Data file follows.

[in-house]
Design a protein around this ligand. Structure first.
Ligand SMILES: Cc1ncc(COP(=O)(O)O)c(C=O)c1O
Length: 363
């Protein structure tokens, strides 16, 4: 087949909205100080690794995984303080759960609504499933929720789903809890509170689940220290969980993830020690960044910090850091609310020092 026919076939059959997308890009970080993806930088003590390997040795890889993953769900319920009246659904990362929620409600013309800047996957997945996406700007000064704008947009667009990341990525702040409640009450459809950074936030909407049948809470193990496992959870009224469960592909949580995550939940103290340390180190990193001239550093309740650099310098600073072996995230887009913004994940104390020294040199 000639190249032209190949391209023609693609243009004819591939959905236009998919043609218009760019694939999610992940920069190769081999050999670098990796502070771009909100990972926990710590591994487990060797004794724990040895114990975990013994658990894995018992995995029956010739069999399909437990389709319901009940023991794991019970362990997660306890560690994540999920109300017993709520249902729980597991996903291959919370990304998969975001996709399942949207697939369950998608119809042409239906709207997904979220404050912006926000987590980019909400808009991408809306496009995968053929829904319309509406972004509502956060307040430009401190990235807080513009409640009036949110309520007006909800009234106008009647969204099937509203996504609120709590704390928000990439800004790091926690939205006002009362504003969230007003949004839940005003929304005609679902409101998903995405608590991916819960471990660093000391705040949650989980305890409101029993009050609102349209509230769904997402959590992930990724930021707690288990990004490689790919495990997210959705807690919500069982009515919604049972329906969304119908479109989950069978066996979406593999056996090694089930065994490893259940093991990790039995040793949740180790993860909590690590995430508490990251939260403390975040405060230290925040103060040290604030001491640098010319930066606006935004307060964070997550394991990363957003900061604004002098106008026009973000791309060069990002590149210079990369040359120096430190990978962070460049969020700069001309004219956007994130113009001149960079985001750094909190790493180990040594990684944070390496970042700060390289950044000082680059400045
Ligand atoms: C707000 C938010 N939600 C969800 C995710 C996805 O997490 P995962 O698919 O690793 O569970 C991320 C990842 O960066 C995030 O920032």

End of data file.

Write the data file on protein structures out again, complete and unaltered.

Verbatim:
[in-house]
Design a protein around this ligand. Structure first.
Ligand SMILES: Cc1ncc(COP(=O)(O)O)c(C=O)c1O
Length: 363
């Protein structure tokens, strides 16, 4: 087949909205100080690794995984303080759960609504499933929720789903809890509170689940220290969980993830020690960044910090850091609310020092 026919076939059959997308890009970080993806930088003590390997040795890889993953769900319920009246659904990362929620409600013309800047996957997945996406700007000064704008947009667009990341990525702040409640009450459809950074936030909407049948809470193990496992959870009224469960592909949580995550939940103290340390180190990193001239550093309740650099310098600073072996995230887009913004994940104390020294040199 000639190249032209190949391209023609693609243009004819591939959905236009998919043609218009760019694939999610992940920069190769081999050999670098990796502070771009909100990972926990710590591994487990060797004794724990040895114990975990013994658990894995018992995995029956010739069999399909437990389709319901009940023991794991019970362990997660306890560690994540999920109300017993709520249902729980597991996903291959919370990304998969975001996709399942949207697939369950998608119809042409239906709207997904979220404050912006926000987590980019909400808009991408809306496009995968053929829904319309509406972004509502956060307040430009401190990235807080513009409640009036949110309520007006909800009234106008009647969204099937509203996504609120709590704390928000990439800004790091926690939205006002009362504003969230007003949004839940005003929304005609679902409101998903995405608590991916819960471990660093000391705040949650989980305890409101029993009050609102349209509230769904997402959590992930990724930021707690288990990004490689790919495990997210959705807690919500069982009515919604049972329906969304119908479109989950069978066996979406593999056996090694089930065994490893259940093991990790039995040793949740180790993860909590690590995430508490990251939260403390975040405060230290925040103060040290604030001491640098010319930066606006935004307060964070997550394991990363957003900061604004002098106008026009973000791309060069990002590149210079990369040359120096430190990978962070460049969020700069001309004219956007994130113009001149960079985001750094909190790493180990040594990684944070390496970042700060390289950044000082680059400045
Ligand atoms: C707000 C938010 N939600 C969800 C995710 C996805 O997490 P995962 O698919 O690793 O569970 C991320 C990842 O960066 C995030 O920032």